Faced with an effective British blockade, fierce resistance from the British and French Armies, the entrance of the United States Army, political unrest and starvation at home, an economy in ruins, mutiny in the navy, and mounting defeats on the battlefield, the German generals requested armistice negotiations with the Allies in November of 1918.
Under the terms of the armistice, the German Army was allowed to remain intact and was not forced to admit defeat by surrendering. U.S. General John J. Pershing had misgivings about this, saying it would be better to have the German generals admit defeat so there could be no doubt. The French and British were convinced however that Germany would not be a threat again.
The failure to force the German General Staff to admit defeat would have a huge impact on the future of Germany. Although the army was later reduced in size, its impact would be felt after the war as a political force dedicated to German nationalism, not democracy.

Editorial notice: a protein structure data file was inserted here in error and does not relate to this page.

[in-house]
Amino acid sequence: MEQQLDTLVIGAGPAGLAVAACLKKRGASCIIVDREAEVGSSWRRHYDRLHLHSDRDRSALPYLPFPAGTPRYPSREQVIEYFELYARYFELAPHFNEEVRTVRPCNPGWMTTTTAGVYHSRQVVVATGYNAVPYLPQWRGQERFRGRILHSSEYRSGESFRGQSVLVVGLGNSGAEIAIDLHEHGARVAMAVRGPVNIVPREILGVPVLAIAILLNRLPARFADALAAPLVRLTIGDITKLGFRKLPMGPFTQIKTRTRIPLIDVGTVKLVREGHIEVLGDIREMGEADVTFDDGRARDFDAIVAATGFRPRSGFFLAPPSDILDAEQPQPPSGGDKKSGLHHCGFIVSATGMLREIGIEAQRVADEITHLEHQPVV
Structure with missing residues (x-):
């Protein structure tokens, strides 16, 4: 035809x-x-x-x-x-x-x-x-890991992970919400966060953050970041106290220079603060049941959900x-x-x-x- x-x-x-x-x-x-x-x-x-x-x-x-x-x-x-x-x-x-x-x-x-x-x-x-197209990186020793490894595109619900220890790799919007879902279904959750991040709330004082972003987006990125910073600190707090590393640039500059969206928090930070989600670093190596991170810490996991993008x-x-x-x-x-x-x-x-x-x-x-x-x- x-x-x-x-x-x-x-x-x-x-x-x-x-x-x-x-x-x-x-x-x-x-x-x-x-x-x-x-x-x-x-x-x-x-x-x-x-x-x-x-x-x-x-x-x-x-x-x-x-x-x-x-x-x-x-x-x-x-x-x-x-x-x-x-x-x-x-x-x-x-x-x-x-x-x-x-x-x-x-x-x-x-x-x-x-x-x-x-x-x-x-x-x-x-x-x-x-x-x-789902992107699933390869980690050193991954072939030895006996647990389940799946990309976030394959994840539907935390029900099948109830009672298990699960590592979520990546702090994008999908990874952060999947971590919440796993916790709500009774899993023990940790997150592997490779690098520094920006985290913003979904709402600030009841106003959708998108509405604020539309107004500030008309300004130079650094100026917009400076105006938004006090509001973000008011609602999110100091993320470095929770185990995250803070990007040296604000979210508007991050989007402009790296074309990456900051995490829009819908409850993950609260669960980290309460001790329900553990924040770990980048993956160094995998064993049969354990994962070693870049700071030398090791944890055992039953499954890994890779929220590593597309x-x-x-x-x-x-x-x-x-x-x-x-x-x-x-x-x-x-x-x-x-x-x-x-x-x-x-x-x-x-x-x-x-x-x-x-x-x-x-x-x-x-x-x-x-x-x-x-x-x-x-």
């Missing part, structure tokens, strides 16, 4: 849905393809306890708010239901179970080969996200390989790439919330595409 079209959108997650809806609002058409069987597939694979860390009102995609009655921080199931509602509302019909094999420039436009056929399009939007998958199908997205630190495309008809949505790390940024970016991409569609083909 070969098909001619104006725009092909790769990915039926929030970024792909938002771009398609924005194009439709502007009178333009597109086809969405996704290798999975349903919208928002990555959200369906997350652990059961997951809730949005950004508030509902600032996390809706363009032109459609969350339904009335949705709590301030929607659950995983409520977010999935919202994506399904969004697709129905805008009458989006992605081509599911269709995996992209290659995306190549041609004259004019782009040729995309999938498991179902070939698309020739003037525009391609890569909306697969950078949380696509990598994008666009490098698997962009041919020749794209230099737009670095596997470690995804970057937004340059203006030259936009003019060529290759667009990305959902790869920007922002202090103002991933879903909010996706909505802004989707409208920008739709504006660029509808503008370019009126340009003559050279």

The German General Staff also would support the false idea that the army had not been defeated on the battlefield, but could have fought on to victory, except for being betrayed at home, the infamous ‘Stab in the Back’ theory.
This ‘Stab in the Back’ theory would become hugely popular among many Germans who found it impossible to swallow defeat. During the war, Adolf Hitler became obsessed with this idea, especially laying blame on Jews and Marxists in Germany for undermining the war effort. To Hitler, and so many others, the German politicians who signed the armistice on November 11, 1918, would become known as the ‘November Criminals.’